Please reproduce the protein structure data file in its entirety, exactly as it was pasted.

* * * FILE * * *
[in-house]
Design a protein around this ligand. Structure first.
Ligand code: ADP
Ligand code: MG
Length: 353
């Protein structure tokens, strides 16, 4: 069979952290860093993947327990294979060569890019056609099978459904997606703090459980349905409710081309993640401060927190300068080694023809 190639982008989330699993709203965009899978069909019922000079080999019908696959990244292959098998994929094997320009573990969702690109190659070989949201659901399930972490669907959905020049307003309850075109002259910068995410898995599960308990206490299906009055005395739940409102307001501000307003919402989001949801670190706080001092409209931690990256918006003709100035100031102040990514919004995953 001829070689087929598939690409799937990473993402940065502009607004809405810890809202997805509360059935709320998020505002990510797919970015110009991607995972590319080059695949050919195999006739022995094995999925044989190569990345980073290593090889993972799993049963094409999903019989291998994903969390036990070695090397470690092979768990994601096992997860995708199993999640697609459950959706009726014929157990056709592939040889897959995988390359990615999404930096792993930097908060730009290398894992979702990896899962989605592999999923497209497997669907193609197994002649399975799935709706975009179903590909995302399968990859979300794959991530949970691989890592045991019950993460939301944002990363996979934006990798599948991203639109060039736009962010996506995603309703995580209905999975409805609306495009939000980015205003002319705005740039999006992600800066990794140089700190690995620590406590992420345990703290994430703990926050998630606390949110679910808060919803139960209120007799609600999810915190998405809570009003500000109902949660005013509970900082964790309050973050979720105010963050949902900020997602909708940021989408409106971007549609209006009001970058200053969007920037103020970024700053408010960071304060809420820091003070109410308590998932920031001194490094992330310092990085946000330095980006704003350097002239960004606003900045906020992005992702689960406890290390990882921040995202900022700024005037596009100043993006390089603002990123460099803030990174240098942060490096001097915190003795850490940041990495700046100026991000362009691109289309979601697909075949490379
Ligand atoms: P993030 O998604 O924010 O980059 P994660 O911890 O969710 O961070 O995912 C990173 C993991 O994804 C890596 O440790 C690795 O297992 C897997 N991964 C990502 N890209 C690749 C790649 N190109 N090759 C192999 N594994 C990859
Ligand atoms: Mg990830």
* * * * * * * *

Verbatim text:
[in-house]
Design a protein around this ligand. Structure first.
Ligand code: ADP
Ligand code: MG
Length: 353
């Protein structure tokens, strides 16, 4: 069979952290860093993947327990294979060569890019056609099978459904997606703090459980349905409710081309993640401060927190300068080694023809 190639982008989330699993709203965009899978069909019922000079080999019908696959990244292959098998994929094997320009573990969702690109190659070989949201659901399930972490669907959905020049307003309850075109002259910068995410898995599960308990206490299906009055005395739940409102307001501000307003919402989001949801670190706080001092409209931690990256918006003709100035100031102040990514919004995953 001829070689087929598939690409799937990473993402940065502009607004809405810890809202997805509360059935709320998020505002990510797919970015110009991607995972590319080059695949050919195999006739022995094995999925044989190569990345980073290593090889993972799993049963094409999903019989291998994903969390036990070695090397470690092979768990994601096992997860995708199993999640697609459950959706009726014929157990056709592939040889897959995988390359990615999404930096792993930097908060730009290398894992979702990896899962989605592999999923497209497997669907193609197994002649399975799935709706975009179903590909995302399968990859979300794959991530949970691989890592045991019950993460939301944002990363996979934006990798599948991203639109060039736009962010996506995603309703995580209905999975409805609306495009939000980015205003002319705005740039999006992600800066990794140089700190690995620590406590992420345990703290994430703990926050998630606390949110679910808060919803139960209120007799609600999810915190998405809570009003500000109902949660005013509970900082964790309050973050979720105010963050949902900020997602909708940021989408409106971007549609209006009001970058200053969007920037103020970024700053408010960071304060809420820091003070109410308590998932920031001194490094992330310092990085946000330095980006704003350097002239960004606003900045906020992005992702689960406890290390990882921040995202900022700024005037596009100043993006390089603002990123460099803030990174240098942060490096001097915190003795850490940041990495700046100026991000362009691109289309979601697909075949490379
Ligand atoms: P993030 O998604 O924010 O980059 P994660 O911890 O969710 O961070 O995912 C990173 C993991 O994804 C890596 O440790 C690795 O297992 C897997 N991964 C990502 N890209 C690749 C790649 N190109 N090759 C192999 N594994 C990859
Ligand atoms: Mg990830």